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While attending Lean Startup day at SXSW 2011, I met with Ask.com VP Communications Valerie Combs to learn more about their new group texting mobile app. It seems that this year you aren’t cool if you don’t have a group texting app. Ask Around lets you view and engage in conversations near you.
You select your radius and then you can see what’s happening around that zone. You can also change the location — for example, you might be at the SXSW conference in Austin but want to see what’s happening at the Berlin main train station. You can also select a “spot” which will give you a list of popular locations to monitor the conversation.
The app doesn’t appear to have topics so it looks like everyone is just bundled together – I wonder how that works in terms of conversation flow. I guess it’s like Twitter – everyone just messages in whatever they want with no actual focus – but in this case the idea is that the conversation should be focused around a specific location.
I asked Valerie what makes Ask Around different than the 847 other group texting apps that have recently launched. She noted that Ask Around is specifically focused just on location – there are no algorithms, no matchmaker services, just a focus on the conversation around a location.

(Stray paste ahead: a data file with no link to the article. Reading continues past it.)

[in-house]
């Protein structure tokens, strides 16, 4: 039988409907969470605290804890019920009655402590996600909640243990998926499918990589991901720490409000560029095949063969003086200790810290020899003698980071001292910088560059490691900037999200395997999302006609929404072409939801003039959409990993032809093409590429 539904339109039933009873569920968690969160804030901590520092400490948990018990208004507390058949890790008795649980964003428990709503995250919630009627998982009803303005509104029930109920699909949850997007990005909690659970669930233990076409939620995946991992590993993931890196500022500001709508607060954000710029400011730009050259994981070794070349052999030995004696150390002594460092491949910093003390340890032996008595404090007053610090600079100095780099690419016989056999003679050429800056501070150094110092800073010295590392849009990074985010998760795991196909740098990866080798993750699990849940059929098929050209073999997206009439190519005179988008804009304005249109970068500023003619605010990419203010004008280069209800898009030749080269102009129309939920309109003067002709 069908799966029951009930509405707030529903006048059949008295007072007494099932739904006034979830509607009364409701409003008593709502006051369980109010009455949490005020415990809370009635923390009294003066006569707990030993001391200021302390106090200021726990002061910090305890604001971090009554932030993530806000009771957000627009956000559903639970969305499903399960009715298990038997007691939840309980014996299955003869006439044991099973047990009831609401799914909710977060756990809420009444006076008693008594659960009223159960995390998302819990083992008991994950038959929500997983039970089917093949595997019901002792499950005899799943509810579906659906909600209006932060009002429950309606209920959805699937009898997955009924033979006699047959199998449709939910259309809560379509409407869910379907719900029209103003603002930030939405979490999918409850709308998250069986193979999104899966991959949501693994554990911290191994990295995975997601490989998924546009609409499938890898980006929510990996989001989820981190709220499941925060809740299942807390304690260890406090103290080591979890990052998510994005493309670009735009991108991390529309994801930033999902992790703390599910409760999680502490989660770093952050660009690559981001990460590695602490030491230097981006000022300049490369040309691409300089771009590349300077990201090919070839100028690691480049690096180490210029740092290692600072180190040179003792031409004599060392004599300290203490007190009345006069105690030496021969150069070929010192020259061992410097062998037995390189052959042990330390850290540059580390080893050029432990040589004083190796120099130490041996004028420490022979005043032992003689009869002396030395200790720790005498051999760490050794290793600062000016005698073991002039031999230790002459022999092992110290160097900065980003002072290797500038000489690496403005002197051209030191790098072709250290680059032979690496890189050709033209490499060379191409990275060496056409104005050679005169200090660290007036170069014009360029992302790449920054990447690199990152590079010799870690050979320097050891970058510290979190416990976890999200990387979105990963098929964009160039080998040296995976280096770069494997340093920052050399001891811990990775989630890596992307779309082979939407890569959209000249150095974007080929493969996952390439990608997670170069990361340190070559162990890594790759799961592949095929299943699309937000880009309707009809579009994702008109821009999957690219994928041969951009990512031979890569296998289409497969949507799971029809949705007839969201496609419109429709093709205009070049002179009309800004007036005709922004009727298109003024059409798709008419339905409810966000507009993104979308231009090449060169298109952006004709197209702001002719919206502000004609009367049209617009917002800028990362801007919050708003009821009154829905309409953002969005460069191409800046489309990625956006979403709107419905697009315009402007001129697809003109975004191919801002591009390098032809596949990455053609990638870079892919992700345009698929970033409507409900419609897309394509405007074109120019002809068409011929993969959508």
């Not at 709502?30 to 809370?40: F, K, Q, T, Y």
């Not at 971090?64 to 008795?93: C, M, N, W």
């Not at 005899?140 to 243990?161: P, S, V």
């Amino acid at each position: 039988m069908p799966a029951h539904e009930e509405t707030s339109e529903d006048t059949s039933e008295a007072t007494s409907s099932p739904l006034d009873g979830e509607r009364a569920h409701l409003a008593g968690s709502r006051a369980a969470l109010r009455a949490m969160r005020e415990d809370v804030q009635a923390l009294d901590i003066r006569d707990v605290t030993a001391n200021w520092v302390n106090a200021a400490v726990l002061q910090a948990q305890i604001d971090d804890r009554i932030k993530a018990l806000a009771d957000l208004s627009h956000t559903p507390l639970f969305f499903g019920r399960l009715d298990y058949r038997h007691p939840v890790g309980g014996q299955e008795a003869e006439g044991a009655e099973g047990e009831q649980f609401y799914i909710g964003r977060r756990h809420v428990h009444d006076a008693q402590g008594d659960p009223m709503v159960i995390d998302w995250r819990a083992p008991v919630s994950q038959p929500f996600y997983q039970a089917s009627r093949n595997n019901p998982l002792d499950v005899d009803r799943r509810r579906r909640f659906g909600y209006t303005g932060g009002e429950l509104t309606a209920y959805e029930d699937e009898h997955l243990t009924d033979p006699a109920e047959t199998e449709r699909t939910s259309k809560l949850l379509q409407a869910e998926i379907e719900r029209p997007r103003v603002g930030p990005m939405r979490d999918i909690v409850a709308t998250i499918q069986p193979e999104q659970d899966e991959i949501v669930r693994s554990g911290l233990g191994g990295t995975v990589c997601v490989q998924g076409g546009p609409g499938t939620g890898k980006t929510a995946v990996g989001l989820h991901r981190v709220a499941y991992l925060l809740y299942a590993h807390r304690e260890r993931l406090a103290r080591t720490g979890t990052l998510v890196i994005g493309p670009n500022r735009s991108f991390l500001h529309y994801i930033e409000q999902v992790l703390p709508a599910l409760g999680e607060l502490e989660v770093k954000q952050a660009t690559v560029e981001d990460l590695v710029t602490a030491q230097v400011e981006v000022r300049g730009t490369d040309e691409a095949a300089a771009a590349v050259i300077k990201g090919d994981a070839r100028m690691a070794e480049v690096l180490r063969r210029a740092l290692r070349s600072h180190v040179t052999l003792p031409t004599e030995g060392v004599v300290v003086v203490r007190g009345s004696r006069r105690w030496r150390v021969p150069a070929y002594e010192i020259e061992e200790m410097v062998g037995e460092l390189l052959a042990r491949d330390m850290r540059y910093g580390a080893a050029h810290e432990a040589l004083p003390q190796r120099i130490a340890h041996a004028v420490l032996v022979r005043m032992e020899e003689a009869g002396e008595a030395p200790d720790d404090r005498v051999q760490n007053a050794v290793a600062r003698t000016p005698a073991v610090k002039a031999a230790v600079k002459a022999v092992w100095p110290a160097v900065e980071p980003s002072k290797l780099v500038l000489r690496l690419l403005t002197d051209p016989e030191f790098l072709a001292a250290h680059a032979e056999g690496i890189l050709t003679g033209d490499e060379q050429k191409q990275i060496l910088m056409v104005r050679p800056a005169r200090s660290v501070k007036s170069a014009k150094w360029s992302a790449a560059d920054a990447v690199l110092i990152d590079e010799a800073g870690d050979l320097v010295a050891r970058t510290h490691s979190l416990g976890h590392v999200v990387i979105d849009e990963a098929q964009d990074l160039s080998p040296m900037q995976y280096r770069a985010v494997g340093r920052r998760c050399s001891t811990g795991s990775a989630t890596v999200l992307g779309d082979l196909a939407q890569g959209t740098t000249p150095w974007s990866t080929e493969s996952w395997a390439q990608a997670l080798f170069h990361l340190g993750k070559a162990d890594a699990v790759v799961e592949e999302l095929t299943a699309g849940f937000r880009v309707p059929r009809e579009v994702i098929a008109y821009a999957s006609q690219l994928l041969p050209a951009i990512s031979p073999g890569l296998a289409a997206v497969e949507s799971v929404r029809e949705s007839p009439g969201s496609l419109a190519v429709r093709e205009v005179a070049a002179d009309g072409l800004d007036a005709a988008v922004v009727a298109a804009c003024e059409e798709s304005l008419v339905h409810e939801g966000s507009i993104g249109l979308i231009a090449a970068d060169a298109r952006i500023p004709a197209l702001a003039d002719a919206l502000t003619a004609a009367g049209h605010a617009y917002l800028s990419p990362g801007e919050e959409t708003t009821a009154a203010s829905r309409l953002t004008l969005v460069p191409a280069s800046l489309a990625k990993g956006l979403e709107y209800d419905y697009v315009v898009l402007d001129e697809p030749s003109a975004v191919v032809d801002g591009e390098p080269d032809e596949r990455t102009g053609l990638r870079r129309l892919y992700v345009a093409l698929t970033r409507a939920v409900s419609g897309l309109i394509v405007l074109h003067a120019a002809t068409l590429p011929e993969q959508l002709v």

The Ask.com Ask Around app is free for download and currently only available for iPhone.
Below is Valerie’s video demo of Ask Around – you can check out another demo with Abby Johnson of WebProNews who spoke with Ask.com Chief Product and Technology Officer Lisa Kavanaugh.
Continue reading “SXSW Video Demo: Ask.com Ask Around Mobile Group Texting App” »
Earlier this year Ask.com signed a deal with NASCAR racing to be the “official search partner” for the racing network. It sure seems like these days the “official” notation just means whoever will pay the most. Danny Sullivan has a good recap of the NASCAR search deal.
This weekend I noticed that Ask.com is now partnering with TNA wrestling. You can see a screenshot of the promo below. Basically the announcer mentioned a trivia question and said you could go to Ask.com and after entering the full question, you will be provided with the correct answer. The concept has some potential although I think it will work better for NASCAR than TNA.
With the NASCAR deal, Ask.com controls the search on the nascar.com website. The official TNA website has a search engine in the middle of the page however it takes you to a site called SwagBucks with a search that is powered by Google and Ask. Even more interesting, the search results don’t seem to match the query very well. For example, a search for one of their current roster of wrestlers, Scott Steiner, brings me to a generic results page with not one result from the TNA website.
Perhaps the new Ask Jeeves character needs a DDT or a Hulkster legdrop to get his mind right about how site search results should work.
Ask.com announced this morning that they have partnered with Compete to add a new tab to their "binoculars" service which previews a Web site in search before you jump to it. Frankly I’ve never understood why anyone would care about a preview in a box of 100×100, but now you not only get the preview, you also get the stats about the site from Compete.